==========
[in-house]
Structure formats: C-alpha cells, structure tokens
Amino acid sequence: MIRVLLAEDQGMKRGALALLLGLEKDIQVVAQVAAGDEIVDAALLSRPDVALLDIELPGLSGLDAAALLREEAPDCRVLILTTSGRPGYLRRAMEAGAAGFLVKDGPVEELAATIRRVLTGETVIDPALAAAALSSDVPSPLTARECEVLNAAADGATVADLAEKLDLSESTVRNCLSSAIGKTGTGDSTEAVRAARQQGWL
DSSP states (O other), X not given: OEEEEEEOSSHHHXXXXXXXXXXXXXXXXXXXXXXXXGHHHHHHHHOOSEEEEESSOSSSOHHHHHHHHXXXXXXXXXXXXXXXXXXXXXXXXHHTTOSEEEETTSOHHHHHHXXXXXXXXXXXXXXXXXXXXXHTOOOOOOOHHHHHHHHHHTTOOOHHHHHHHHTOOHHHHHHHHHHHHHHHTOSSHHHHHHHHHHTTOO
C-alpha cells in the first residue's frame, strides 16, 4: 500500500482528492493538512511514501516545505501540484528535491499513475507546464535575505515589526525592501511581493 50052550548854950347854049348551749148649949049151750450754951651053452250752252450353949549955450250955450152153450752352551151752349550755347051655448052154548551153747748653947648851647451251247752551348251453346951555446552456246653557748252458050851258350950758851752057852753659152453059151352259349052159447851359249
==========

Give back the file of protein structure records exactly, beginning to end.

[in-house]
Structure formats: C-alpha cells, structure tokens
Amino acid sequence: MIRVLLAEDQGMKRGALALLLGLEKDIQVVAQVAAGDEIVDAALLSRPDVALLDIELPGLSGLDAAALLREEAPDCRVLILTTSGRPGYLRRAMEAGAAGFLVKDGPVEELAATIRRVLTGETVIDPALAAAALSSDVPSPLTARECEVLNAAADGATVADLAEKLDLSESTVRNCLSSAIGKTGTGDSTEAVRAARQQGWL
DSSP states (O other), X not given: OEEEEEEOSSHHHXXXXXXXXXXXXXXXXXXXXXXXXGHHHHHHHHOOSEEEEESSOSSSOHHHHHHHHXXXXXXXXXXXXXXXXXXXXXXXXHHTTOSEEEETTSOHHHHHHXXXXXXXXXXXXXXXXXXXXXHTOOOOOOOHHHHHHHHHHTTOOOHHHHHHHHTOOHHHHHHHHHHHHHHHTOSSHHHHHHHHHHTTOO
C-alpha cells in the first residue's frame, strides 16, 4: 500500500482528492493538512511514501516545505501540484528535491499513475507546464535575505515589526525592501511581493 50052550548854950347854049348551749148649949049151750450754951651053452250752252450353949549955450250955450152153450752352551151752349550755347051655448052154548551153747748653947648851647451251247752551348251453346951555446552456246653557748252458050851258350950758851752057852753659152453059151352259349052159447851359249